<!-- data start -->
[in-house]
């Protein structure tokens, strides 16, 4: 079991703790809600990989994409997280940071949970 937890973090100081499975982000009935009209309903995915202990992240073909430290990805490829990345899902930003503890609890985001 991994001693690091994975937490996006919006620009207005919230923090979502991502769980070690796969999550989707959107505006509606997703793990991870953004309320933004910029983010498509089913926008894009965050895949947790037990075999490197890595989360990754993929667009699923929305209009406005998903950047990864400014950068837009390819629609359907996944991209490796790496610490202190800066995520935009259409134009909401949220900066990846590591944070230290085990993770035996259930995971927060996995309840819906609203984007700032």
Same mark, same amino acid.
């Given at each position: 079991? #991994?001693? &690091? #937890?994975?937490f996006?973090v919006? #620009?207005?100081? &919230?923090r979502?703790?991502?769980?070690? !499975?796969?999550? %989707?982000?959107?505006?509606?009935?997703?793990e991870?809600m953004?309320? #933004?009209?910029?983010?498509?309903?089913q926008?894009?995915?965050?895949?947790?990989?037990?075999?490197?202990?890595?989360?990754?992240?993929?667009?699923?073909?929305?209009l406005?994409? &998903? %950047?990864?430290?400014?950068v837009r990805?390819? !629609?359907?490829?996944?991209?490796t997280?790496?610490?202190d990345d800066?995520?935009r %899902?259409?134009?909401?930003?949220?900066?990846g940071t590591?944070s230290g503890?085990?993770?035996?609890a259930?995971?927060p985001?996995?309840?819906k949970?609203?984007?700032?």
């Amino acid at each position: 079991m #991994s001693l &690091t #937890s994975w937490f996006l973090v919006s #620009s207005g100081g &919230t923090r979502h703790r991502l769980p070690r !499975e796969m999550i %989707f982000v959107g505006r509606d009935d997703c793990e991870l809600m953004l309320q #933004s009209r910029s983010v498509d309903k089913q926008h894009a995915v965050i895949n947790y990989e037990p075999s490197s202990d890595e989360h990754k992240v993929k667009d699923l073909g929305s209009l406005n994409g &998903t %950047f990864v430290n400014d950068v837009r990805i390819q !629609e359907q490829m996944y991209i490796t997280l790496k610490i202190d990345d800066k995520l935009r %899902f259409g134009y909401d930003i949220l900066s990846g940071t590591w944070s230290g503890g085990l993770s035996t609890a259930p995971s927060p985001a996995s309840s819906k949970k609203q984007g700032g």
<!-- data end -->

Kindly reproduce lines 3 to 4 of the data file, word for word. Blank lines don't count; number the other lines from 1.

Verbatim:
Same mark, same amino acid.
């Given at each position: 079991? #991994?001693? &690091? #937890?994975?937490f996006?973090v919006? #620009?207005?100081? &919230?923090r979502?703790?991502?769980?070690? !499975?796969?999550? %989707?982000?959107?505006?509606?009935?997703?793990e991870?809600m953004?309320? #933004?009209?910029?983010?498509?309903?089913q926008?894009?995915?965050?895949?947790?990989?037990?075999?490197?202990?890595?989360?990754?992240?993929?667009?699923?073909?929305?209009l406005?994409? &998903? %950047?990864?430290?400014?950068v837009r990805?390819? !629609?359907?490829?996944?991209?490796t997280?790496?610490?202190d990345d800066?995520?935009r %899902?259409?134009?909401?930003?949220?900066?990846g940071t590591?944070s230290g503890?085990?993770?035996?609890a259930?995971?927060p985001?996995?309840?819906k949970?609203?984007?700032?």